My Dreams Have Calvin and Hobbes Wallpaper
I was flying out of Buffalo recently and I arrived to the city way too early so I decided to kill some time walking around in a mall. I popped my sound canceling headphones on and was happy ambling around for an hour or two. During this semi-fugue state where I barely thought about anything at all, I walked into a J.Crew to look around, then a small record store, and then after a few more stops I barely remember I got back in my car and then I drove away. Once I got to the airport, I was looking for a book I had possibly left in the car that I could snag for some entertainment while I flew, I looked over to the seat next to me, saw a magazine, and realized that I had taken one of the J.Crew summer catalogs without even thinking about it. I leafed through it for a minute and took it with me. After a few more minutes going through it, I was enjoyed a lot of the looks and definitely thought about buying a pair of striped seersucker shorts, but even more so, I was taken by the feeling that the pictures and even more so, the collection, evoked.
I can’t explain the feeling very well, but it felt like a less melancholic version of the feeling I tried to describe in the Once Twice Melody review. Kind of like the sweetness of a Charles Dickens novel without the poverty. It made me feel like I wanted to live in a Hallmark movie or something. I don’t even know, fully, why I’m writing about this in the first place but it was just the strangest feeling. As someone who has always been really career driven and always wanted to work in a fast paced, competitive sector, where I would have a chance to work under pressure, the complete coup de foudre with that really relaxed, elegant atmosphere was surprising. I didn’t even know I could want something like that.
But now I keep having this image pop into my mind. A small, insulated store with gleaming wood paneling and at least one candle burning, with complimentary herbal tea and where the dress code is not really a concrete document but only the description of a fading memory of a feeling; think of the aesthetic of Guy Ritchie movies like The Gentlemen with the earnestness of Wes Anderson. The kind of outfits that feel like your brain is wearing a thin cashmere sweater in mid-autumn: faded oxford shirts and cream colored cardigans, navy corduroys and baggy cable knit sweaters. I wanted to sell books and movies and vinyl albums that I would be able to curate myself. And the store would be known for its music. Yo La Tengo, Belle and Sebastian, Slowdive, Mazzy Star, Spiritualized, Charlie Parker, Aphex Twin, and Bob Dylan are the first few names to come to mind.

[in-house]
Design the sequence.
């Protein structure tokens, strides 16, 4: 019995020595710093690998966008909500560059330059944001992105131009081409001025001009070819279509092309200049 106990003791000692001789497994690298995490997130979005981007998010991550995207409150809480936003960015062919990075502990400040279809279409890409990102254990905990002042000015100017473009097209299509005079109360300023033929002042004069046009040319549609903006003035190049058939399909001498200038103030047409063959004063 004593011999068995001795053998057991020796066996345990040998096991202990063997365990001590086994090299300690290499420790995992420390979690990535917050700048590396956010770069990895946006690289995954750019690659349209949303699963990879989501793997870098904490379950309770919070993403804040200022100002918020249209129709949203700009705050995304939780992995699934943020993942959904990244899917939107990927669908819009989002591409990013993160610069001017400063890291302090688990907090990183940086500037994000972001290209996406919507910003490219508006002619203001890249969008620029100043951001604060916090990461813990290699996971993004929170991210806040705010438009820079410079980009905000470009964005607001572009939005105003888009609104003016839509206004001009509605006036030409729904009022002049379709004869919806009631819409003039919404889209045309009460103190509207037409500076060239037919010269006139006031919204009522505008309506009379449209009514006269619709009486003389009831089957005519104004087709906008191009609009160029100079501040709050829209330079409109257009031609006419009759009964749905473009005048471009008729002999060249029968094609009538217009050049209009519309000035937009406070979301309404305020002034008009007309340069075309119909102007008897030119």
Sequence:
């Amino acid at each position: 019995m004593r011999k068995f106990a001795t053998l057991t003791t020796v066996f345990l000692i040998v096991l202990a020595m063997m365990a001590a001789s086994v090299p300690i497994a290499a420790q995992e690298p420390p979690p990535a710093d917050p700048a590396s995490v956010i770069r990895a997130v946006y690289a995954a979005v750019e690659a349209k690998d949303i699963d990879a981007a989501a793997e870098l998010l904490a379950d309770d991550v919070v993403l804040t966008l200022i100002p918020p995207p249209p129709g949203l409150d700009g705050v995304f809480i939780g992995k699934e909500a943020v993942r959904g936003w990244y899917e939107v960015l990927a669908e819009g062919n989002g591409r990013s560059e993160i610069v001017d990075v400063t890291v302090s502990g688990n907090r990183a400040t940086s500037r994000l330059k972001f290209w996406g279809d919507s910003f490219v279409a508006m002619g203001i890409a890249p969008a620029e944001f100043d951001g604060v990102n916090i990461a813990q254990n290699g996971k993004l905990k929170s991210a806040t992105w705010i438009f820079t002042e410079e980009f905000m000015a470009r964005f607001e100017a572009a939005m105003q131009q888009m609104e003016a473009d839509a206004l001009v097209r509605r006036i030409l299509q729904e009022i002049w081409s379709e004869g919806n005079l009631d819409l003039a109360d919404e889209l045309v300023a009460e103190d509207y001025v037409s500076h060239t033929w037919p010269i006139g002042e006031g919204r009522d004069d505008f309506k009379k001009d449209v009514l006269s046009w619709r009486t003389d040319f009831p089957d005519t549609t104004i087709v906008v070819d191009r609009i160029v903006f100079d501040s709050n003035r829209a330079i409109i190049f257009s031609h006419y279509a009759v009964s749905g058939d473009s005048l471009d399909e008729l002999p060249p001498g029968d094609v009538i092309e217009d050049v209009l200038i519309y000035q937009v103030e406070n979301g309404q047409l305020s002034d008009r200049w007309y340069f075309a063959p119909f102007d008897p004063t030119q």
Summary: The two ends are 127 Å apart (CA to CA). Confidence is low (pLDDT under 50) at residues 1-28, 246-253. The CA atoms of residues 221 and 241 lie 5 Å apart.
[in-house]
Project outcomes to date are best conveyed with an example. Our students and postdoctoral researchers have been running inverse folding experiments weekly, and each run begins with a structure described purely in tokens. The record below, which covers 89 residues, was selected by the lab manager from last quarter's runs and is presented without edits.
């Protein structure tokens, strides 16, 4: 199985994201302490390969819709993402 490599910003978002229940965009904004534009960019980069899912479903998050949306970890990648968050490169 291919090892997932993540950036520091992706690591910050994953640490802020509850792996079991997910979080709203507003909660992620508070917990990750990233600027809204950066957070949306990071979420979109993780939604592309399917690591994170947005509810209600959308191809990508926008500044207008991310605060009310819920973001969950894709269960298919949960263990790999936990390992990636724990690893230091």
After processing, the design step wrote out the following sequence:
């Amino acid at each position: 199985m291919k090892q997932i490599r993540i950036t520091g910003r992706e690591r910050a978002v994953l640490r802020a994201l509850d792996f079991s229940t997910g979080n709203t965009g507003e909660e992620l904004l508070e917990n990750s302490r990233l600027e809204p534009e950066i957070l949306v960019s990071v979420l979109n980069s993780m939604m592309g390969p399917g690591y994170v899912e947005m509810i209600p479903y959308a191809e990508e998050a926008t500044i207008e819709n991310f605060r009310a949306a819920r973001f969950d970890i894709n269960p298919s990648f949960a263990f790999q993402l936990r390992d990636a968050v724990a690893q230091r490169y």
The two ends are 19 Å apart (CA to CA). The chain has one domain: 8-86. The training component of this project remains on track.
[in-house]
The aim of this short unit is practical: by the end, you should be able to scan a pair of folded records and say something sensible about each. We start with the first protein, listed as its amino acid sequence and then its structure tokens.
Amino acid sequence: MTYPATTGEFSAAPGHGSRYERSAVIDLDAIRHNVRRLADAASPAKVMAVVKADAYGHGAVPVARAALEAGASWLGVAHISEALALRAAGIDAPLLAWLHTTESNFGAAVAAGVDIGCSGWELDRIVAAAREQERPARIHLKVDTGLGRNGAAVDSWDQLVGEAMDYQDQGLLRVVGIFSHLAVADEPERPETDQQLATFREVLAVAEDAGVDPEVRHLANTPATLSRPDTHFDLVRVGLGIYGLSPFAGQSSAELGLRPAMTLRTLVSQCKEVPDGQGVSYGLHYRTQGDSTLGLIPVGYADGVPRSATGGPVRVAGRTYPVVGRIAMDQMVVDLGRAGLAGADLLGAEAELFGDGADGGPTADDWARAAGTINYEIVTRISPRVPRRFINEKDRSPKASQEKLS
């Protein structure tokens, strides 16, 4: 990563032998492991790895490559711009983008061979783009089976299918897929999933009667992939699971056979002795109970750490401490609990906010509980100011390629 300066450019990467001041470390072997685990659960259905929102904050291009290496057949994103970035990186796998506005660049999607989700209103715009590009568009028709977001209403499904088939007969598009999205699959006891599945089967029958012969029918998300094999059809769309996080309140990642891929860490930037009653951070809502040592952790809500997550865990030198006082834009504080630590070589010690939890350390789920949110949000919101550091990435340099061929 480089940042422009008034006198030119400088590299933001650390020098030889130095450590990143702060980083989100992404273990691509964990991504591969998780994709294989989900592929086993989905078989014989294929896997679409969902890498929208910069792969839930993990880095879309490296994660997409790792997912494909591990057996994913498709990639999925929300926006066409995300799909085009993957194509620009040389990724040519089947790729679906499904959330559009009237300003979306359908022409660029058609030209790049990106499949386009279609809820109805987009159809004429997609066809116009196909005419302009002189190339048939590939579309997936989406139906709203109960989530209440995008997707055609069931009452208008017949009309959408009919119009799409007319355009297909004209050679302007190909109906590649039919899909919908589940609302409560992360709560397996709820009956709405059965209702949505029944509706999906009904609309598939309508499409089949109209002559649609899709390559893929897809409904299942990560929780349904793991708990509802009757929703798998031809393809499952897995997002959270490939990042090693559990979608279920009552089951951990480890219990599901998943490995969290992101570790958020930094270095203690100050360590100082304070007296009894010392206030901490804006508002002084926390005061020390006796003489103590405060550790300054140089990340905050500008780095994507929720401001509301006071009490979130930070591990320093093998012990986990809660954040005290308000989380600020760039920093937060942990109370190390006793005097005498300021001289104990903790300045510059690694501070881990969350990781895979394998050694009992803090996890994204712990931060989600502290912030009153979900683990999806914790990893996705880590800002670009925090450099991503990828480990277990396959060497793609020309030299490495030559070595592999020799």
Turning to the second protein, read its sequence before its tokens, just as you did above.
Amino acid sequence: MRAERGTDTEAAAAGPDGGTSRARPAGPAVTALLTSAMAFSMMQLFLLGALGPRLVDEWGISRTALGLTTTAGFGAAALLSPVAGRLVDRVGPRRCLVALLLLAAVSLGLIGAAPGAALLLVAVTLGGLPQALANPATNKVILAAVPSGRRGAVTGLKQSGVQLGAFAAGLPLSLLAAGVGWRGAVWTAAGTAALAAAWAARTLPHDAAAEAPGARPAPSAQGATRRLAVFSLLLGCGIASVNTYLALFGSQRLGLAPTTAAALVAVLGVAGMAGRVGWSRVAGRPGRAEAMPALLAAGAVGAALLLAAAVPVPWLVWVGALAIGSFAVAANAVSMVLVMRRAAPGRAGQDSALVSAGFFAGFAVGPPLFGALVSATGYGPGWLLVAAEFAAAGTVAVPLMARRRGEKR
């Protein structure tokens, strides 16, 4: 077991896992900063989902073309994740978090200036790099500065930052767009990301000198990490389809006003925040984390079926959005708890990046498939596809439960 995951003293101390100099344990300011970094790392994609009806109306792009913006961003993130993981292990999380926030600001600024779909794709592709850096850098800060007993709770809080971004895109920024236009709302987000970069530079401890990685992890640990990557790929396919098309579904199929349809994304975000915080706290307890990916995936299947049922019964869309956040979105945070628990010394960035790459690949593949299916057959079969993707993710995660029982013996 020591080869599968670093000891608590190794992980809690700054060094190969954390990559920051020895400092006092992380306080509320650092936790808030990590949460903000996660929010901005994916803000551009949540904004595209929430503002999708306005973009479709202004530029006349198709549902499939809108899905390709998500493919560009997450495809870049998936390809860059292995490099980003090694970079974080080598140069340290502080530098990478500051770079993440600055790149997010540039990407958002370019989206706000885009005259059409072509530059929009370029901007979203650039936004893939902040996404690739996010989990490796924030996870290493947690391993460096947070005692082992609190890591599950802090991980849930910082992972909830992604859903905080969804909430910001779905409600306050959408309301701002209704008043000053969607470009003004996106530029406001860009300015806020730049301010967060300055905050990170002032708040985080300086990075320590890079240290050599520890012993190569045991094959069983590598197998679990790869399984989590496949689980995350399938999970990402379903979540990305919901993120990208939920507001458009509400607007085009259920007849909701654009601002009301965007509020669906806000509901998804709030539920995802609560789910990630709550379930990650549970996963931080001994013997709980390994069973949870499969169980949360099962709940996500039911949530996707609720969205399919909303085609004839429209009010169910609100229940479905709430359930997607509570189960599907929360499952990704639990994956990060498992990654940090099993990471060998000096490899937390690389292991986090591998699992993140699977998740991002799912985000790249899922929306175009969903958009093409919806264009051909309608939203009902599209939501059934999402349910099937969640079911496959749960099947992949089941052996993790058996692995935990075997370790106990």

In my dream last night the walls had Calvin and Hobbes comic strips as wallpaper and there is no checkout counter, just a big gleaming executive desk. Next to that is a mini fridge filled with ginger beer and rose-lemonade.I don’t feel super Freud-y and don’t think there is a huge significance in dreams, but I wondered if it’s my subconscious telling me that this store is like the life I really want. But honestly, I think it might just be my brain rebelling against the inauthenticity of stores like Urban Outfitters and indulging in some wild superiority complex because I think I’m so educated that it’s my job to tell people what media to consume.
I think I may have just written this hoping that someone will reply telling me that this is a normal thing to imagine once in a while but that it’s not serious and that I should continue chasing my goals academically and not sink more time into collecting and curating my music, art, and clothes. Or maybe this is just a dream I’m having because both my parents are librarians and I’ve been surrounded by curators for so long it feels unnatural to be without it for this long. It reminds me of a quote from the House of Leaves by Mark Z. Danielewski.
“I want something else. I’m not even sure what to call it anymore except I know it feels roomy and it’s drenched in sunlight and it’s weightless and I know it’s not cheap. It’s probably not even real.”
Maybe the dream is unimportant. The important thing is that we still dream.